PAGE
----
Flash Review: The Weight of our Sky by Hanna Alkaf

By Maureen Tai, 3 October 2022

The place is Kuala Lumpur. The year is 1969. A Paul Newman movie is playing at the Rex cinema and the Beatles are big. Melati is a 16-year-old Malay schoolgirl whose recently-widowed mother, Salmah, works as a nurse in a hospital. To Melati, Paul McCartney is the best Paul in the world. Her best friend Safiyah begs to differ. These are the normal, comforting parts of the opening scenes in older teen/young adult novel, The Weight of our Sky (ages 12 and up). What is less usual is how Melati constantly taps her fingers and desperately counts in threes. What is more disquieting are the visions that persistently fill Melati’s head: graphic, gory, uninvited images of Salmah being killed in any number of violent ways. What is grippingly page-turning is the story of Melati’s separation from, and search for, her mother during the Chinese-Malay riots that plunged the newly-independent Malaysia into bloodshed and chaos on 13 May 1969.

The significance of Alkaf’s debut novel is not just the emergence of an exciting, compelling voice in traditional children’s publishing but the prominent feature – I think, for the first time – of Malaysian history, culture and language in a children’s book published by a large, Western publisher. Malay and Chinese words are not italicised. There is no glossary. Just as any book from the US or UK appears to readers in Asia without an explanation of what a snickerdoodle is or how snow angels are made, this unabashedly Malaysian story stands on its own. Without apology and without footnotes, the strong, convincing storytelling an authentic, important and welcome contribution to diversity in contemporary children’s literature. We look forward to hearing more from Alkaf in the years to come.

Flash Review: Varjak Paw by S. F. Said

By Maureen Tai, 26 September 2022

In S.F. Said’s imaginative, engrossing and dark-ish middle-grade novel, Varjak Paw (ages 8+), the titular cat is no ordinary feline but a Mesopotamian Blue. This exotic, ancient breed is descended from Jalal, legendary adventurer and hunter. The stories about Jalal, legends in their own right, are recounted by Varjak’s grandfather, and they intoxicate the young kitten, so much so that the venerated ancestor starts appearing to Varjak in his dreams. When a strange, malevolent Gentleman and his two murderous black cats suddenly appear on the scene, ending Varjak’s life as he knows it, our hero realises that he will need to master the long-forgotten Seven Skills in the Way of Jalal in order to save himself, his family and his newfound friends. A compelling story about loyalty, courage, finding (and believing) in yourself. And obviously, a perfect read for cat lovers.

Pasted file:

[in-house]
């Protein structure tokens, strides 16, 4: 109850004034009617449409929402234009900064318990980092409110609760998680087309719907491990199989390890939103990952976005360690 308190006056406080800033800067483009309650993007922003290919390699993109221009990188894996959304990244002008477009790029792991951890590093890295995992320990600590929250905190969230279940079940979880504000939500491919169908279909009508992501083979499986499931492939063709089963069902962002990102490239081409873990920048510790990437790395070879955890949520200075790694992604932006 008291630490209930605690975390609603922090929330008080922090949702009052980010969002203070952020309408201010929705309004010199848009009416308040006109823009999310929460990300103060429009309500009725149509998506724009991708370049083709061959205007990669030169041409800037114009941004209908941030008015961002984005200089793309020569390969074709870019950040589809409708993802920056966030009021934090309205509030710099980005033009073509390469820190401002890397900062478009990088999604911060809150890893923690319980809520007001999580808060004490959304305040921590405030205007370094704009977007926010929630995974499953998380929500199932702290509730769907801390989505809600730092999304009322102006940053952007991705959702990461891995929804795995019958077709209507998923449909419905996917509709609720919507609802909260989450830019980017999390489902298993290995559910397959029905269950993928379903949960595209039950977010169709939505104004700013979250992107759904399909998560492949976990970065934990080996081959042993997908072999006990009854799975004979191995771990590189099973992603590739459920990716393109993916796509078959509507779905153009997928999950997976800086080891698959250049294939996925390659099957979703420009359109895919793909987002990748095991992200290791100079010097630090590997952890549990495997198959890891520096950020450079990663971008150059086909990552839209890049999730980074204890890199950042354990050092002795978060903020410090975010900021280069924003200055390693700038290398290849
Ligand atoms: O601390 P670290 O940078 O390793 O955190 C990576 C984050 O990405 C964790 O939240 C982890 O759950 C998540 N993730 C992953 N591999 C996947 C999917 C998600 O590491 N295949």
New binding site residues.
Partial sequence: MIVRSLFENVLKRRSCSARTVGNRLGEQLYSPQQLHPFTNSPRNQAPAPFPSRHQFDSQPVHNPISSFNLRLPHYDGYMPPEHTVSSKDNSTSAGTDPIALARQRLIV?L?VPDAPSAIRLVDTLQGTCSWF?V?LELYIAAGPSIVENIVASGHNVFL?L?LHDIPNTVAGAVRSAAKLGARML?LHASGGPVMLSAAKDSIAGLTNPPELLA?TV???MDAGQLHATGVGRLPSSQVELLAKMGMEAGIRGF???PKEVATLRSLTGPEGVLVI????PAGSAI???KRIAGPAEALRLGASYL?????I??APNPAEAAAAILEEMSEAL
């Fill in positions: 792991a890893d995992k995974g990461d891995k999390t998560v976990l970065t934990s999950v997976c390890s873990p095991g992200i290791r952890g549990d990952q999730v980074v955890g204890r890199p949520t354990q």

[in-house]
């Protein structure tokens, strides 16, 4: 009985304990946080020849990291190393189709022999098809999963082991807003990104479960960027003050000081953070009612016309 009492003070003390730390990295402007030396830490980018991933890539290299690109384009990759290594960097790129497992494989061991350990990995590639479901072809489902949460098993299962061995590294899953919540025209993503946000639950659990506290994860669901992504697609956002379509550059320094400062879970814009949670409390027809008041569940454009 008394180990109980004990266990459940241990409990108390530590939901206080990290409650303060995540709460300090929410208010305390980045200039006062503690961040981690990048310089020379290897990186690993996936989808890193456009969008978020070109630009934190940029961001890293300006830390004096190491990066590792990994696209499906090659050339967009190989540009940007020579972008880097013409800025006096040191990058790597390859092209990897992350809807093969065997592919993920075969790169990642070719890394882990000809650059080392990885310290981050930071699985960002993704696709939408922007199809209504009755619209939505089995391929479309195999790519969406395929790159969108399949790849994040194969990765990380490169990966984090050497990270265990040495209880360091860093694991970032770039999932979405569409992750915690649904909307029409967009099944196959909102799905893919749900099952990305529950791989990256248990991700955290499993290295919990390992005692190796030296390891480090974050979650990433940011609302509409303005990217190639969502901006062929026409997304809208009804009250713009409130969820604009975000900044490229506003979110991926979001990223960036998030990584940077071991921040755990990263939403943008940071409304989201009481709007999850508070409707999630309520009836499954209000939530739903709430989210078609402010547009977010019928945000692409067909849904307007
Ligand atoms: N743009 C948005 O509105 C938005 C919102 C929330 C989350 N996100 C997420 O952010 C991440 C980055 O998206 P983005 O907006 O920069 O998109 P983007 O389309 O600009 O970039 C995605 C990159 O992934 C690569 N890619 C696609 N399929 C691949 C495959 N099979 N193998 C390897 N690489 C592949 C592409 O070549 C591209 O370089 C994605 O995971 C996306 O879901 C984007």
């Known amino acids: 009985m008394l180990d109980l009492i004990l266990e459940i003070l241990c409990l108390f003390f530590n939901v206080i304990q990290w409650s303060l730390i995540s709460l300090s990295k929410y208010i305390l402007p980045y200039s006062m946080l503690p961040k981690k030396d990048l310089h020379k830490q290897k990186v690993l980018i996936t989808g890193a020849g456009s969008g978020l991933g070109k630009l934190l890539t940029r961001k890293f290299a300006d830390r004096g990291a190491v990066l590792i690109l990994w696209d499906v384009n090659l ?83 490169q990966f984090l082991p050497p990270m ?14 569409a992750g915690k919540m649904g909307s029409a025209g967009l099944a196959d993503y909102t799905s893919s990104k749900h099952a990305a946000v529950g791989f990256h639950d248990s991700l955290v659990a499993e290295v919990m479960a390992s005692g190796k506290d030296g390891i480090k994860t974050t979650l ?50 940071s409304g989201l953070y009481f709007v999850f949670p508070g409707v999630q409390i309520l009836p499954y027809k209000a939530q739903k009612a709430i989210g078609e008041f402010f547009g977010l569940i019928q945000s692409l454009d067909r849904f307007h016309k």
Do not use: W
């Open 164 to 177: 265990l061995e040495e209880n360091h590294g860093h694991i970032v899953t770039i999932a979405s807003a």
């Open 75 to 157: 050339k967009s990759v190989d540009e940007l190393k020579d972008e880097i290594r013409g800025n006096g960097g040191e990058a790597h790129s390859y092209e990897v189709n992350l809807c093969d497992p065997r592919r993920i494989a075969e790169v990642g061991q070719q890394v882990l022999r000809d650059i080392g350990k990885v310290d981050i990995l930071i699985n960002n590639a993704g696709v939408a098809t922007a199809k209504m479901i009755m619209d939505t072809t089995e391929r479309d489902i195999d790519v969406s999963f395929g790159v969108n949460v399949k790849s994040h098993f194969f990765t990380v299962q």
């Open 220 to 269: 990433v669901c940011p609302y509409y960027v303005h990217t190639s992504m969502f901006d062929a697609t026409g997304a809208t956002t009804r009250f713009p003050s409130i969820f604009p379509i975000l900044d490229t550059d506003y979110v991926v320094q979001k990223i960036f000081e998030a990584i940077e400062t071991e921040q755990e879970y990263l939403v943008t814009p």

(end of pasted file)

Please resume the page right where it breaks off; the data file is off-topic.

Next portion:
Flash Review: Astrid the Unstoppable by Maria Parr, translated by Guy Puzey

By Maureen Tai, 19 September 2022

Nine-year old Astrid Glimmerdal has lion’s mane hair, a farmer dad, a marine scientist mother, a pet seagull and a curmudgeonly, ex-troll best friend/godfather. She is also the only child in her small, remote and fictional village of Glimmerdal (her namesake). Nestled at the foot of snow-capped mountains, the village is also home to the irritable Klaus Hagen and his adults-only Wellness Retreat, lovelorn digger-owner Peter, window-peeper-and-people-snooper Sally, and dog-owning-hair-stylist Theo. With this delightful setting and such an intriguing cast of characters, it is inevitable that a charmingly written, funny and touching story flows, as surely as the babbling waters of the River Glimmerdal, from the pages of Astrid the Unstoppable. In this middle grade novel, translated from the original Norwegian, Astrid – the self-proclaimed thunderbolt of Glimmerdal – uncovers secrets about her nearest and dearest while making new friends and leaving a trail of havoc in her wake. Irrepressible, spirited and adventurous souls aged 8 and up will adore this engaging read (I certainly did!).

Flash Review: We Belong by Cookie Hiponia

By Maureen Tai, 29 August 2022

We Belong (ages 10+) is a middle grade novel that could just as easily pass – in my opinion, more so – for an adult memoir. Elsie, the mother of two energetic girls, is the novel’s main narrator. It is bedtime and the sisters are clamouring for attention, so Elsie tells them stories, weaving two tales with lyrical, sparse verse: one is an old Filipino myth about Bathala Maykapal, the Creator God, and his half-human children, and the other is Elsie’s real childhood story about her family’s immigration from the Philippines to America in the 1980s. The playful mother-daughter dialogue, the shifting points of view, and the pretty, monochromatic line illustrations balance out some of the darker themes that are lightly explored in Elsie’s stories: the violent maiming of one heavenly sibling by another, the abusive relationship between Elsie and her own mother, and the turbulent times leading up to, and after, the 1983 assassination of Senator Benigno “Ninoy” Aquino Jr. in the Philippines. As a mother of similar vintage as the author and having personally experienced the immigrant life (albeit in my adolescence), We Belong was an emotional and resonant read. More importantly, the book was a springboard for sharing my life stories with my own children, making it a perfect bedtime tale to snuggle up with and experience together.